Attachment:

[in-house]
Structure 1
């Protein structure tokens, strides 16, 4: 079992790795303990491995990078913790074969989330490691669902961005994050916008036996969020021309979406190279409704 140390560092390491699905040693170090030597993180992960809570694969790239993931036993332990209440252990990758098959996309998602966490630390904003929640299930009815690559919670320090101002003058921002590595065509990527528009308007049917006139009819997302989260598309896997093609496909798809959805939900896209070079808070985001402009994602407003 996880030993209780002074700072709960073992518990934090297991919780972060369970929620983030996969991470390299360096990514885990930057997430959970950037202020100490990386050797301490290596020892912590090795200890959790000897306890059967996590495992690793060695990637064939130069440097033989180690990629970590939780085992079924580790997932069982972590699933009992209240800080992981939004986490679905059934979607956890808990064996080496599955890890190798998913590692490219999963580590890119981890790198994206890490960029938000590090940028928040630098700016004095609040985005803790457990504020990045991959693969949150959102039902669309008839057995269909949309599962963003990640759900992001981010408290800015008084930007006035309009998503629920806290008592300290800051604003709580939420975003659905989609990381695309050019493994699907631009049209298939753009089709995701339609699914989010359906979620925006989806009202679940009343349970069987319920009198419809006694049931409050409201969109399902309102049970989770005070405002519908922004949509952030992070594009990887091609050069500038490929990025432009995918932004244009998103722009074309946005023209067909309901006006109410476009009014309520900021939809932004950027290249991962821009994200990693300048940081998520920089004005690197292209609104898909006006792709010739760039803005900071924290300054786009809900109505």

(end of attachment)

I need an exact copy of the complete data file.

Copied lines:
[in-house]
Structure 1
């Protein structure tokens, strides 16, 4: 079992790795303990491995990078913790074969989330490691669902961005994050916008036996969020021309979406190279409704 140390560092390491699905040693170090030597993180992960809570694969790239993931036993332990209440252990990758098959996309998602966490630390904003929640299930009815690559919670320090101002003058921002590595065509990527528009308007049917006139009819997302989260598309896997093609496909798809959805939900896209070079808070985001402009994602407003 996880030993209780002074700072709960073992518990934090297991919780972060369970929620983030996969991470390299360096990514885990930057997430959970950037202020100490990386050797301490290596020892912590090795200890959790000897306890059967996590495992690793060695990637064939130069440097033989180690990629970590939780085992079924580790997932069982972590699933009992209240800080992981939004986490679905059934979607956890808990064996080496599955890890190798998913590692490219999963580590890119981890790198994206890490960029938000590090940028928040630098700016004095609040985005803790457990504020990045991959693969949150959102039902669309008839057995269909949309599962963003990640759900992001981010408290800015008084930007006035309009998503629920806290008592300290800051604003709580939420975003659905989609990381695309050019493994699907631009049209298939753009089709995701339609699914989010359906979620925006989806009202679940009343349970069987319920009198419809006694049931409050409201969109399902309102049970989770005070405002519908922004949509952030992070594009990887091609050069500038490929990025432009995918932004244009998103722009074309946005023209067909309901006006109410476009009014309520900021939809932004950027290249991962821009994200990693300048940081998520920089004005690197292209609104898909006006792709010739760039803005900071924290300054786009809900109505």